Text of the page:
Chemical Abstracts Service (CAS), a provider of chemical information and a division of the American Chemical Society, reports that more than 50% of the organic and inorganic chemical substances recorded in the CAS Chemical Registry System during 2002 were derived from patent documents as opposed to journal literature and other publications. This finding highlights a trend evident since at least 1998 in which an increasing percentage of substances of this type have been reported for the first time in patents. CAS registers substances of all types as they are newly reported and come to the attention of CAS scientists who analyze and index patents from 37 issuing authorities, articles from more than 9,000 scientific journals, books and other documents published around the world. These scientists study each patent document, identify key concepts along with possibly dozens of claimed substances, and provide indexing that anticipates researchers' interests and the pathways they would explore to find this specific document. According to CAS, other important sources of organic and inorganic substances in addition to patent documents are journal literature and screening libraries, which generate many compounds for drug discovery.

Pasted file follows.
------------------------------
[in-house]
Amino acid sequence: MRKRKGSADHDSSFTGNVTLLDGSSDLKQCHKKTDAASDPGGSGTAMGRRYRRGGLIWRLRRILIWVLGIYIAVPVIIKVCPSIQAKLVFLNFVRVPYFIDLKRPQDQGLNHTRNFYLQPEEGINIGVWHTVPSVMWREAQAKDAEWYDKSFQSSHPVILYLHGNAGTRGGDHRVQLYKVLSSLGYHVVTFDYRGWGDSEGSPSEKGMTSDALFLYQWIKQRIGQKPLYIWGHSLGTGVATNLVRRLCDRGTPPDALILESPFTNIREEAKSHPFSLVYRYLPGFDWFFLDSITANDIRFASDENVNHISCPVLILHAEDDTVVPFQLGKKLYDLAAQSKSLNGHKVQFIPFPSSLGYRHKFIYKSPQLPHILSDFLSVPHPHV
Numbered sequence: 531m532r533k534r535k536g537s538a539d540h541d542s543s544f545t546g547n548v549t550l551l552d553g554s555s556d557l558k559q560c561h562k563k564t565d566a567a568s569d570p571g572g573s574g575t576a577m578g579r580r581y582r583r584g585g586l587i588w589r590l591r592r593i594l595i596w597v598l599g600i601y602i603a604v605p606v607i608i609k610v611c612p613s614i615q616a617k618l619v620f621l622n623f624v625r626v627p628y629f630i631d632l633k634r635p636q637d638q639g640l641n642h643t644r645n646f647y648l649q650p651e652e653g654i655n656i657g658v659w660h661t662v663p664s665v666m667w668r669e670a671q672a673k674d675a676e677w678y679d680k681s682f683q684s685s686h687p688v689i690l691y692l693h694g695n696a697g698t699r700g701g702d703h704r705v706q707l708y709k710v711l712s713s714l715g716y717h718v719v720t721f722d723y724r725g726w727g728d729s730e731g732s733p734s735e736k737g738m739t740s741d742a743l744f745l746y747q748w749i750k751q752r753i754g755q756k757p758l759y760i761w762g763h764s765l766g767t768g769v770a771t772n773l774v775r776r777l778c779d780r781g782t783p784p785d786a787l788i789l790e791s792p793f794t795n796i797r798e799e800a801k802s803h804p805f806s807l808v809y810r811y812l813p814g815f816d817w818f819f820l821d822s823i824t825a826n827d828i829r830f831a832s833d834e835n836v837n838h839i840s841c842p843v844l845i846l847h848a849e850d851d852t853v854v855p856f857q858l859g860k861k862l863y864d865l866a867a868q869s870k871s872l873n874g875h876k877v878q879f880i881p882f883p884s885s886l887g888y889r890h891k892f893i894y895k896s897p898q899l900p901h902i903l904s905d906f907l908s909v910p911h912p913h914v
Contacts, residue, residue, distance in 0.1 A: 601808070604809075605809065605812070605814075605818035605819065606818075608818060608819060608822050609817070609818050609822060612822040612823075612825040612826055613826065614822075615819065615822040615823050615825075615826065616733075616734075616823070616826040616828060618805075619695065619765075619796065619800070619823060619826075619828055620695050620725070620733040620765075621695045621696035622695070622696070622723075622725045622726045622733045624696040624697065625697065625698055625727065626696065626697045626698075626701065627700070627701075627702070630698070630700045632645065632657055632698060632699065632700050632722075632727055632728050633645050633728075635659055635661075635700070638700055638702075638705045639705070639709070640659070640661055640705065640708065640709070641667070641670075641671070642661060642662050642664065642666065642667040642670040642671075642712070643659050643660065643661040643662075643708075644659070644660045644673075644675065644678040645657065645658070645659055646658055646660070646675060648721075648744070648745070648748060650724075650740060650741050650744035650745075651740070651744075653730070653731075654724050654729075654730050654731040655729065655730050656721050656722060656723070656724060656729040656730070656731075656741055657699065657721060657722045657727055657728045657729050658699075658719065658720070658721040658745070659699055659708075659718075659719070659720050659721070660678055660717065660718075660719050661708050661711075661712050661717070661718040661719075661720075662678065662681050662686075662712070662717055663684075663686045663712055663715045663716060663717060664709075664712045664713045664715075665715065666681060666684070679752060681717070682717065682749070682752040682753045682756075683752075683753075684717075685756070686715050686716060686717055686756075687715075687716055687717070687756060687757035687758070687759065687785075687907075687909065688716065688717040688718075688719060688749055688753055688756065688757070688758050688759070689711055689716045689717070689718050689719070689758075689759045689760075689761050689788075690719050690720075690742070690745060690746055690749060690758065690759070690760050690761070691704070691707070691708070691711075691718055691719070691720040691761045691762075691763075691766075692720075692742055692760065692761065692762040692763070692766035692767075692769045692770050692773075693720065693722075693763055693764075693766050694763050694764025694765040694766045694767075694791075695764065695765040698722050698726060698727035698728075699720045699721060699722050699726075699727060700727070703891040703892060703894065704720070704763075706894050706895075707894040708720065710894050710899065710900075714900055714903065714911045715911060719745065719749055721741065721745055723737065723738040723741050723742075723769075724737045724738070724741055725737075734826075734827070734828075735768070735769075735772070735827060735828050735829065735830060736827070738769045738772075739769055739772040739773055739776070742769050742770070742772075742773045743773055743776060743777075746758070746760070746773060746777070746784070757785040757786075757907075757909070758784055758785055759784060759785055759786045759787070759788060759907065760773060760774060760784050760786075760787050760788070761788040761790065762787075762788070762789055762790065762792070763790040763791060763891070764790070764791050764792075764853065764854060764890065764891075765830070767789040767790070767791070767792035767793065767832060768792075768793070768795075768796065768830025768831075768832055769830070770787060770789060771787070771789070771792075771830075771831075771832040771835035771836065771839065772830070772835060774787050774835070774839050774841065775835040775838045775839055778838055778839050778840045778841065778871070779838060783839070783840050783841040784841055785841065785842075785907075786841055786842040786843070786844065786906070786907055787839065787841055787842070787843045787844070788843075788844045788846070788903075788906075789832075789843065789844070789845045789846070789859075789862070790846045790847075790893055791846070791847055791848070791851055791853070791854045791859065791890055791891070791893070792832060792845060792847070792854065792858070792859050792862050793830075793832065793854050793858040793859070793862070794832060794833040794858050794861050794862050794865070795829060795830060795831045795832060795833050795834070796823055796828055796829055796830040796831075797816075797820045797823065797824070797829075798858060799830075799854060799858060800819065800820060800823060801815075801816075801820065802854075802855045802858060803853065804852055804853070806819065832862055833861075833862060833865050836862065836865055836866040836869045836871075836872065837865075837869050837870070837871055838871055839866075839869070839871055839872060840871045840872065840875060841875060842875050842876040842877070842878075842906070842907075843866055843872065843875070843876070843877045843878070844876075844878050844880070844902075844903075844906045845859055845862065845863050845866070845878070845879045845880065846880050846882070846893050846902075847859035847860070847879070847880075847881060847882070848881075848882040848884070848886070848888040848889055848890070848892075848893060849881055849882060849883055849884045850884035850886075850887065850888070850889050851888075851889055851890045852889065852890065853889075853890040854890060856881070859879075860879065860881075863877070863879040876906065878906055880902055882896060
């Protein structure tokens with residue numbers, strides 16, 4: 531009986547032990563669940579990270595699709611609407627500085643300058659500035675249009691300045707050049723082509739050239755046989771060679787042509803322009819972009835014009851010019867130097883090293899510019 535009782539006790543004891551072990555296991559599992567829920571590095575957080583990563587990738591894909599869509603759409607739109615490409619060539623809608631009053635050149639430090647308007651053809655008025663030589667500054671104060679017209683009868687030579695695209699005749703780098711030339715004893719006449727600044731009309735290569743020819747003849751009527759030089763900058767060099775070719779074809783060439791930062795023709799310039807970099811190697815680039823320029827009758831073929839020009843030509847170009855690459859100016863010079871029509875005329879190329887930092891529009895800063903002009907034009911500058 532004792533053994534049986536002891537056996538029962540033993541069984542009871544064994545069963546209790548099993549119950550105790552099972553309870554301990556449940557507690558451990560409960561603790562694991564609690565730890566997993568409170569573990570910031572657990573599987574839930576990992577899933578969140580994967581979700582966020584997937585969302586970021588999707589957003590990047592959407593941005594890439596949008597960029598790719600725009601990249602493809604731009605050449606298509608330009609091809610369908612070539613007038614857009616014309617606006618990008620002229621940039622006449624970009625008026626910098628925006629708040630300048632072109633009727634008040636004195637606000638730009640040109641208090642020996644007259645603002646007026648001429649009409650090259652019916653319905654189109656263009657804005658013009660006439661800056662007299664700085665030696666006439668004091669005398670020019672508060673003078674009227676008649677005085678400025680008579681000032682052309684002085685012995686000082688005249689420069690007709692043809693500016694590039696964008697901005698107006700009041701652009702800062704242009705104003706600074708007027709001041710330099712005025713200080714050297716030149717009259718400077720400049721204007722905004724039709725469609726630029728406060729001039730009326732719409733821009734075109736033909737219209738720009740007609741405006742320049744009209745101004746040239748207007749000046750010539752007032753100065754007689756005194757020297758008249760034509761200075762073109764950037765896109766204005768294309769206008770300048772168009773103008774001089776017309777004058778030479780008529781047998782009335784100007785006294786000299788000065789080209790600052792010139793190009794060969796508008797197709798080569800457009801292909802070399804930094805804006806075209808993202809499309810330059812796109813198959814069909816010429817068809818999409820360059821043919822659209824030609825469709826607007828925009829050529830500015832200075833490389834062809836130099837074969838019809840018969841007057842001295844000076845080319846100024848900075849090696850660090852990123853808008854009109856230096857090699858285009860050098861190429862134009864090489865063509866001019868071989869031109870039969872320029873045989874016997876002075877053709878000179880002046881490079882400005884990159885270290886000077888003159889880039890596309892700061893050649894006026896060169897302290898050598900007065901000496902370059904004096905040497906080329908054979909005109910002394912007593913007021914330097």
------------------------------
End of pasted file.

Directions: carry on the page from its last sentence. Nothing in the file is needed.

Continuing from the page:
STN International, an online database network for science and technology, has enhanced STN Easy for Intranets. The enhancements make it easy for information professionals to use their expertise to deliver customized sci-tech information from databases to their corporate end users. The new capabilities in STN Easy for Intranets available later this month will enable information professionals to deliver additional value to their end users through new options that support a wide range of user preferences and expertise: pre-defined and editable search strategies from over 80 databases on STN Easy and the ability to post search results from the more than 200 sci-tech databases on STN.